Ivanna took the Christmas cookies from the counter-top and set four on a ceramic plate shaped like Santa’s sleigh. She carried them to the front room and set them on a little table near the tree. The box of ornaments sat next to the tree, untouched. She straightened a wicker wreath hanging on a nail on the wall, where the painting by Edward’s grandfather usually hung.
Edward lived in North Carolina. He’d lived there for the past five years. He had a family there now. Her daughter said that he was happy – she said that Alice was nice. Alice. It was a boring name, she thought. But, then again, so was Edward.
She sat down on the couch and curled her legs up beneath her and looked at the tree, ten feet tall. It was a good tree, she thought, for one that came from the parking lot of a Canadian Tire. She reached over to the Santa plate on the table and took a cookie – she could just replace it with another, she decided. She bit into it and stood up.
Two months after New Years, she met Gabriel for a third time. They were a long two months. School was harder in France and she didn’t get along very well with the other students – after a while, it was harder to hide it. She thought about Gabriel a lot. Most nights, before she went to bed, she’d brush her teeth and finish off her reading, and then she’d wish that she hadn’t thrown away the opportunity that New Years gave her. There was a long moment between his comment and his friends. All she had to do was say something. Then, one day, she was walking home from class and she saw him across the road on a bicycle. Her chest seized and she felt her face drain of colour. There he was, she thought, after all this time. He was on a bicycle, though, which meant that he was quickly slipping away. She stopped walking and stared – she couldn’t help it. She wondered if she should chase him. Then, by some bittersweet chance, a car door opened in front of him and he rode straight into it.
Ivanna tidied up the kitchen and took the mince pies out of the oven. She put them on a cooling rack and draped a cloth over top of them. She went upstairs and looked in her daughter’s bedroom. She heard her phone vibrate and beep on the table downstairs. She went back to the kitchen and looked at the clock – 2:40. It was a text from her daughter. Flight delayed 2 hours longer. She brushed the hair from her face and tried to stem the pressure behind her eyes. Two hours – that meant eight o’clock, at the earliest. That was ok, she told herself. It was still plenty of time. Even if she got in at nine, she thought, it wasn’t a big deal. She got a mug and filled it with apple cider and heated it in the microwave.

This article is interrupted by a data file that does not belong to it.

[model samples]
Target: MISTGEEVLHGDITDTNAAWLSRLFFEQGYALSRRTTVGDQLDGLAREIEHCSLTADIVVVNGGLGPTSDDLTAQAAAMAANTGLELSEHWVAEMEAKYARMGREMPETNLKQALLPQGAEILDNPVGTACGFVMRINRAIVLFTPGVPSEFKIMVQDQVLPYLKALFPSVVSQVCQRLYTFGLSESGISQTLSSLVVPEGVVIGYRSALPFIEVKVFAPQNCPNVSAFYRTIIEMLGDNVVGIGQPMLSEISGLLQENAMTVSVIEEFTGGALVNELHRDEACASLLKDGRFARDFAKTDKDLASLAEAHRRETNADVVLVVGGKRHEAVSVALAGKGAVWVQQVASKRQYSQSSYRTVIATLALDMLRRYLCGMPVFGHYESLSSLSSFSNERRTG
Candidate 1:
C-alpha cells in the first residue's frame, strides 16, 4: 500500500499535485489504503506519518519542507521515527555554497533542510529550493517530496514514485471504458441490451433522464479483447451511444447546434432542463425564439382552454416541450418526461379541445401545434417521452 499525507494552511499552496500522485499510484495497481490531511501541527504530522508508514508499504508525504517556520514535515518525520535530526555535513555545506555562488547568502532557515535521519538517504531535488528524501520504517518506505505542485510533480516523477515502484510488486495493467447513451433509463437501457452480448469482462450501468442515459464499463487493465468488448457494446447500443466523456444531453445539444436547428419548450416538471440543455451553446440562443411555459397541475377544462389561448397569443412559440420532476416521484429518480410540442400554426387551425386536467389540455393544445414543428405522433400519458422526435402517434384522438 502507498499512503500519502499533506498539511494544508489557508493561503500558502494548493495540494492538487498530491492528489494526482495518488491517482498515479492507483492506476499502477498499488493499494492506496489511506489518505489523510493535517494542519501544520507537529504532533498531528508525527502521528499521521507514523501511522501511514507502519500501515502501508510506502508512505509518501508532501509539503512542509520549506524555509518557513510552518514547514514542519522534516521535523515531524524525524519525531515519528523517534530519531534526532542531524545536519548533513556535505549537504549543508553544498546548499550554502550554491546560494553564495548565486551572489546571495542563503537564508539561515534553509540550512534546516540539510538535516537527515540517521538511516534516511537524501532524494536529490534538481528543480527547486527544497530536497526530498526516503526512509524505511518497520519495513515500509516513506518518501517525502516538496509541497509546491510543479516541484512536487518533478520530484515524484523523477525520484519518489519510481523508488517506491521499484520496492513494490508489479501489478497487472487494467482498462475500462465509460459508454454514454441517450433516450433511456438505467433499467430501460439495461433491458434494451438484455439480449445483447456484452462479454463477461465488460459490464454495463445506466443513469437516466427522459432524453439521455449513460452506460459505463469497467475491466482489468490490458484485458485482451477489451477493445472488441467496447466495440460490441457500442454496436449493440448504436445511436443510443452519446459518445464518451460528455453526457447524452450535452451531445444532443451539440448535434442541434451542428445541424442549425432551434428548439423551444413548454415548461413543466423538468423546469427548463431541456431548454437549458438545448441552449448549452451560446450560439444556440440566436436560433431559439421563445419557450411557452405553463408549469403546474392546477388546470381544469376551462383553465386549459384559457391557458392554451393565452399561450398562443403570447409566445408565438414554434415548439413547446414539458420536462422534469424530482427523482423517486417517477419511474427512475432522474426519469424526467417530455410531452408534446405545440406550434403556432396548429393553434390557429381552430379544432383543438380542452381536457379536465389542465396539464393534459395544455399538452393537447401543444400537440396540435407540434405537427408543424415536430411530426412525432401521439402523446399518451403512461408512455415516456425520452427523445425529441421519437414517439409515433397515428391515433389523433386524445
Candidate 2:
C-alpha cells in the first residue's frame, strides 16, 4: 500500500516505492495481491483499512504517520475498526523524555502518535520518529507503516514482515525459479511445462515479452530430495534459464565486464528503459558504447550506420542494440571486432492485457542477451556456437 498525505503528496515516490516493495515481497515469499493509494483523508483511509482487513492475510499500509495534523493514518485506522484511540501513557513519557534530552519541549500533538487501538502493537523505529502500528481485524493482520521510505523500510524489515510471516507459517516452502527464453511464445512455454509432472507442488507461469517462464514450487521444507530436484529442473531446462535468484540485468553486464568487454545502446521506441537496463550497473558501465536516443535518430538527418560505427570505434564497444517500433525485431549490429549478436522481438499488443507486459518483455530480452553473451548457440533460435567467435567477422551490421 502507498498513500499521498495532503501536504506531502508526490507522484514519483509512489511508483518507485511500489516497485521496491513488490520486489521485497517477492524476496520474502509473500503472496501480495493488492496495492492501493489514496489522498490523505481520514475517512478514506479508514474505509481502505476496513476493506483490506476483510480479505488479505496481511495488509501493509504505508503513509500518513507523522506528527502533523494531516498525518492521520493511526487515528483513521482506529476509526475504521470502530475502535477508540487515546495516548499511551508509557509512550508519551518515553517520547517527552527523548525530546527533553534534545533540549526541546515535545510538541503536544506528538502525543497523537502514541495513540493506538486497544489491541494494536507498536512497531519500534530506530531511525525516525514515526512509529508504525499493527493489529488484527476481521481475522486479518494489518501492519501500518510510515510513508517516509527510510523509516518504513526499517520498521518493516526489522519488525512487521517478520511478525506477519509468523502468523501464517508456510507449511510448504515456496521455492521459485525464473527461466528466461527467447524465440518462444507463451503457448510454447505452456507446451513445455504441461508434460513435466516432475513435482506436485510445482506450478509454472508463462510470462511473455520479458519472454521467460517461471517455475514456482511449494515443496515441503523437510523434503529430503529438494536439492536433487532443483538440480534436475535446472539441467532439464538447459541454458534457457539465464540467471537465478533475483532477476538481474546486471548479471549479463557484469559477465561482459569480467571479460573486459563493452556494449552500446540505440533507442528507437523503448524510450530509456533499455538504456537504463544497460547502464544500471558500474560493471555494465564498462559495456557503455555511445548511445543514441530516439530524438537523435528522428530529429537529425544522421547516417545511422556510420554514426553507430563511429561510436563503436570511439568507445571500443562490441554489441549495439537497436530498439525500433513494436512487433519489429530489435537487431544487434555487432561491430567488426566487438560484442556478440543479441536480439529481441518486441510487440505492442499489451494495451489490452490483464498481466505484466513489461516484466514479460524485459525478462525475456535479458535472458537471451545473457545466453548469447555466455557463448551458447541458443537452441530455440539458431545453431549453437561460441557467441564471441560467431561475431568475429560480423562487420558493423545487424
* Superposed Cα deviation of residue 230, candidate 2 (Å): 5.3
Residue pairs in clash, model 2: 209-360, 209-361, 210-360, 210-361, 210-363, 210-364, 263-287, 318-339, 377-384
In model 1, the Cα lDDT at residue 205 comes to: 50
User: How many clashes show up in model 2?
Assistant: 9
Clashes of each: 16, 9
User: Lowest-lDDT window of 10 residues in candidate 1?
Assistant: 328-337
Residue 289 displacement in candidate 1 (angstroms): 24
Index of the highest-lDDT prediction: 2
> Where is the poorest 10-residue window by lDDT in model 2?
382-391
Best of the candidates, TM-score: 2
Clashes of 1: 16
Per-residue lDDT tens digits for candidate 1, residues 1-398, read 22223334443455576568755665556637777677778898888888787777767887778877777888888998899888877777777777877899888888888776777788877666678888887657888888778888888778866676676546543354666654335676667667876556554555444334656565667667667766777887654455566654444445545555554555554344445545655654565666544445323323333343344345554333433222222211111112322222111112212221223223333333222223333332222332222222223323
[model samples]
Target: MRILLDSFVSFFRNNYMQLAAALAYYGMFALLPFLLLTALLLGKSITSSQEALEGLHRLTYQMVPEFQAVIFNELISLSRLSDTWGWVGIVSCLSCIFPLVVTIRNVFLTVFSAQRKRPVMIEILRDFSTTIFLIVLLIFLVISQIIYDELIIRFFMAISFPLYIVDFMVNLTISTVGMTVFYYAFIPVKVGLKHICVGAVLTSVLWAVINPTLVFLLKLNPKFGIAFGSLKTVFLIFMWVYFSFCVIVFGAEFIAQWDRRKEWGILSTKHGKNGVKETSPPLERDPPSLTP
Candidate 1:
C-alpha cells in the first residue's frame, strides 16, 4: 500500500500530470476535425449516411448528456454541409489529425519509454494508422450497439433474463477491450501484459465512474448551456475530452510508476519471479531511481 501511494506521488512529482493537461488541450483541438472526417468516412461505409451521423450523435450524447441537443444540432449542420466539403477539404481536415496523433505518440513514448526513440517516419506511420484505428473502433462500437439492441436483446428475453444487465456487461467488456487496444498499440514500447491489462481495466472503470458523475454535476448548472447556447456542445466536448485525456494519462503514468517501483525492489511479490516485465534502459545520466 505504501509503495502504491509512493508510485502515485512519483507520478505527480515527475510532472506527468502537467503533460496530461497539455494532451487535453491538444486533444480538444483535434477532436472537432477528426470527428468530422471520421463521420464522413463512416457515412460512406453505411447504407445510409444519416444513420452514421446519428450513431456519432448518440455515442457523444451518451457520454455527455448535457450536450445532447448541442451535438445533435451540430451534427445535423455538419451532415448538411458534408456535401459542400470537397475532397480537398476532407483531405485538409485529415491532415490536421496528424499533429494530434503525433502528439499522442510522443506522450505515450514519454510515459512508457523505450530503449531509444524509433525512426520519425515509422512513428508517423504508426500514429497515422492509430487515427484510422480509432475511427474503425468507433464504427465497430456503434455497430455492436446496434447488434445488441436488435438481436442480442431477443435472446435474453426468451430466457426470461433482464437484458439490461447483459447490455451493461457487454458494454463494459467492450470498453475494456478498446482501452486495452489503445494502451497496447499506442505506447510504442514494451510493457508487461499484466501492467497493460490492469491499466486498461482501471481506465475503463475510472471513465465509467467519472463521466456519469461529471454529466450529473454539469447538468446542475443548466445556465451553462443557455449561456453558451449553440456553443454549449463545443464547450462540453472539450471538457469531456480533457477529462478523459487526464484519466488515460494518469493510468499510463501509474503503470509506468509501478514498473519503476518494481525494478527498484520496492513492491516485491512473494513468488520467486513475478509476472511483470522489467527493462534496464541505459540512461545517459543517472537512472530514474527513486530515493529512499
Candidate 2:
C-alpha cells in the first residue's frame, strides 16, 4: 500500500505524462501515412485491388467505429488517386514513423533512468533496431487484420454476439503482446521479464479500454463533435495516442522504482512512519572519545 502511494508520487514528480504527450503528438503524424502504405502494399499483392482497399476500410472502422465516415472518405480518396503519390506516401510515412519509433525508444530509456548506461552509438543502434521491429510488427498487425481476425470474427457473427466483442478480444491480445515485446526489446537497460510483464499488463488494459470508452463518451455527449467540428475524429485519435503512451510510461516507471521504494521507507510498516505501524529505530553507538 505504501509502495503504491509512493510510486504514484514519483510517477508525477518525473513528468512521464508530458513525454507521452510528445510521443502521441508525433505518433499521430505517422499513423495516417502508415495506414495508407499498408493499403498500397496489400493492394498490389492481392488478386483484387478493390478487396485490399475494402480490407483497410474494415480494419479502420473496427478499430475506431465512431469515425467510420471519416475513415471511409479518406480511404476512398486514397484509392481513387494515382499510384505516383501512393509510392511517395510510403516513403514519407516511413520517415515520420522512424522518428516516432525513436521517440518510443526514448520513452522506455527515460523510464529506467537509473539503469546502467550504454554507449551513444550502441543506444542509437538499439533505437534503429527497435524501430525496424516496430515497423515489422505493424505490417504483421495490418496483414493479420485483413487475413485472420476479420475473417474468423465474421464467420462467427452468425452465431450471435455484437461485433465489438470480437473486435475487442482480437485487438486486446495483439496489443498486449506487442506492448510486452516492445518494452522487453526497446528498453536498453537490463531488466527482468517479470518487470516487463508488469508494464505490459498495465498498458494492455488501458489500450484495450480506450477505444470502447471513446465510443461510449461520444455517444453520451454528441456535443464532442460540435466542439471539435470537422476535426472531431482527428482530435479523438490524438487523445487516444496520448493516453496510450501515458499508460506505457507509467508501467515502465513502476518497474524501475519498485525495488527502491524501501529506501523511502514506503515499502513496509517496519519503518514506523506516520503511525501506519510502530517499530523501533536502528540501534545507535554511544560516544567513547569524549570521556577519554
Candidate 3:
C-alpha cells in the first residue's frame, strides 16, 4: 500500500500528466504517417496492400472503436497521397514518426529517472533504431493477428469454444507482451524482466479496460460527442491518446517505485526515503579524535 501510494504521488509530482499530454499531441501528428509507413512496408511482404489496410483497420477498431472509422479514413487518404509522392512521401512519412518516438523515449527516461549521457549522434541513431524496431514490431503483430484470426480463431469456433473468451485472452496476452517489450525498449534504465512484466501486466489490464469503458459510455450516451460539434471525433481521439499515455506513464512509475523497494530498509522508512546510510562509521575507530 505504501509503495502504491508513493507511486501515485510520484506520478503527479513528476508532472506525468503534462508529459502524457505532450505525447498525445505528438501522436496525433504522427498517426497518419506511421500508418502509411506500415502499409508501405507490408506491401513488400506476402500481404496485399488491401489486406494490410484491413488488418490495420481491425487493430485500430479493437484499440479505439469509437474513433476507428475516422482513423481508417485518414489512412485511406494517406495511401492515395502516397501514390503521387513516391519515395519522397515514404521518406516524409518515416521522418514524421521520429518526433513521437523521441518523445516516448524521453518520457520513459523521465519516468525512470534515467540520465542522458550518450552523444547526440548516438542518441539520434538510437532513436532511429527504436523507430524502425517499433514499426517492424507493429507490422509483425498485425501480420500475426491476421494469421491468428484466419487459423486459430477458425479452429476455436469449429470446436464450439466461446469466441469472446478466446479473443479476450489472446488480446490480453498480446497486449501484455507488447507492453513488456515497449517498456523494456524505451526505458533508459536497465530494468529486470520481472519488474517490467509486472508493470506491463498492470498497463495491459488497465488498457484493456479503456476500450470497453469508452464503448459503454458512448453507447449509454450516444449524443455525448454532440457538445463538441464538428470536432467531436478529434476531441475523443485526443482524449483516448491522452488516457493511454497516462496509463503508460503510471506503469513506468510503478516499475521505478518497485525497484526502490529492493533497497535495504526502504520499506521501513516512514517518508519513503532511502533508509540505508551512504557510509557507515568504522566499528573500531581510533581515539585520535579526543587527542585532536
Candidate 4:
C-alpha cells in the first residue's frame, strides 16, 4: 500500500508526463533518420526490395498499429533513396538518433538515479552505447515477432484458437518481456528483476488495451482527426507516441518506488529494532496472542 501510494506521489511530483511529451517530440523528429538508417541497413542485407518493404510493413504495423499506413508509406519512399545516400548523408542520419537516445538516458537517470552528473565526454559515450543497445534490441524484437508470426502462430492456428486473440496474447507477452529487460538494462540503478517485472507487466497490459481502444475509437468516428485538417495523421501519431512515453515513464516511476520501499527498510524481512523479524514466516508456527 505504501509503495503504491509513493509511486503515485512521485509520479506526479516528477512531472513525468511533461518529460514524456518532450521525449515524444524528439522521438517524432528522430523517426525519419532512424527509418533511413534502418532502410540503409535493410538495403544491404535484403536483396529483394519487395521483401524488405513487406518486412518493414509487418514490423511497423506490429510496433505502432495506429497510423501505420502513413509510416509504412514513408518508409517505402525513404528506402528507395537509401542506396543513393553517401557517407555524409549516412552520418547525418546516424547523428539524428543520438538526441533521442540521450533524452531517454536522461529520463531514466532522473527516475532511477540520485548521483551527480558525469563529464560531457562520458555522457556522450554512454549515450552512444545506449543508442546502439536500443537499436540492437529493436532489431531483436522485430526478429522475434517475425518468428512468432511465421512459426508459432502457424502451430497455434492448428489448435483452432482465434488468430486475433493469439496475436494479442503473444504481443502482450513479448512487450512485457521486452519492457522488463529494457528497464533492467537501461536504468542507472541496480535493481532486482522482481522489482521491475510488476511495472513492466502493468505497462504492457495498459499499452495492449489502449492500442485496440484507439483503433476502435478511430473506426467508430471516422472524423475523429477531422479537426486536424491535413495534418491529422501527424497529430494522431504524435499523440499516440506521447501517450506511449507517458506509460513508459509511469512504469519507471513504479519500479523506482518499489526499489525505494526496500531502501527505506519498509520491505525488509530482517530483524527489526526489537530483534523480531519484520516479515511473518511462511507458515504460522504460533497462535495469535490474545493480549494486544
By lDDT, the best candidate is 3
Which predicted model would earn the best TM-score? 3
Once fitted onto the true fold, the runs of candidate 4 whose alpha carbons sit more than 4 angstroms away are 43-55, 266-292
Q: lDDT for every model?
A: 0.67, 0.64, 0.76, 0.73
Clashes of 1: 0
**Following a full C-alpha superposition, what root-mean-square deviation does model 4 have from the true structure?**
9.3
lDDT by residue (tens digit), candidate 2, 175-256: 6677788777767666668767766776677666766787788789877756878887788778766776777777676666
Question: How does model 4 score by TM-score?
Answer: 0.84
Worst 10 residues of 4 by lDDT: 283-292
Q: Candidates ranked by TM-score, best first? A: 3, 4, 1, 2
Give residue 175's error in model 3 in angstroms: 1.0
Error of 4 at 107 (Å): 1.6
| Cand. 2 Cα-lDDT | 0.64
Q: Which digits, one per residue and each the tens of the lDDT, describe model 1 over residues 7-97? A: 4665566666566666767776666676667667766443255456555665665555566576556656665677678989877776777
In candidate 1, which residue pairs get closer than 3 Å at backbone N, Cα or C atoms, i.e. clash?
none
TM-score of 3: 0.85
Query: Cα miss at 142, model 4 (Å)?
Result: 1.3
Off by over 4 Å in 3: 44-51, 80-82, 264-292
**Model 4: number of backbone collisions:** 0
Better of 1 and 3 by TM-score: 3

At home, when she was young, they bought local apple cider from the market every year. They’d heat it in a pot on the stove with cinnamon and cloves. Suddenly, Ivanna remembered the skis. She quickly made her way through the house to the front door and peered through the glass to the porch. She didn’t see anything there. She opened the door – nothing was there. She checked the mailbox for a delivery notice but didn’t find one. Ivanna stepped back inside. She went to the kitchen and took her mug from the microwave. She sprinkled a little cinnamon on top and then went into the living room. She turned on the TV – It’s A Wonderful Life was on, and she watched it for a while as she drank her apple cider.
That day, two months after New Years, when she met Gabriel for the third time, she’d crossed the road and helped him to his feet. He wasn’t hurt at all. After that, they went for coffee and sat together for several hours. The next day after class, Ivanna met Gabriel on a bench beneath a lamppost on a stone bridge across the water. They met two more times that week, and then began to spend nearly every evening together. The evenings were fast and heavy. She told him what she hadn’t told anyone else, and he did the same. There was an intimacy of such intenseness between them that it felt like little else mattered in the world. She was constantly aware that she had less than two months before she went home.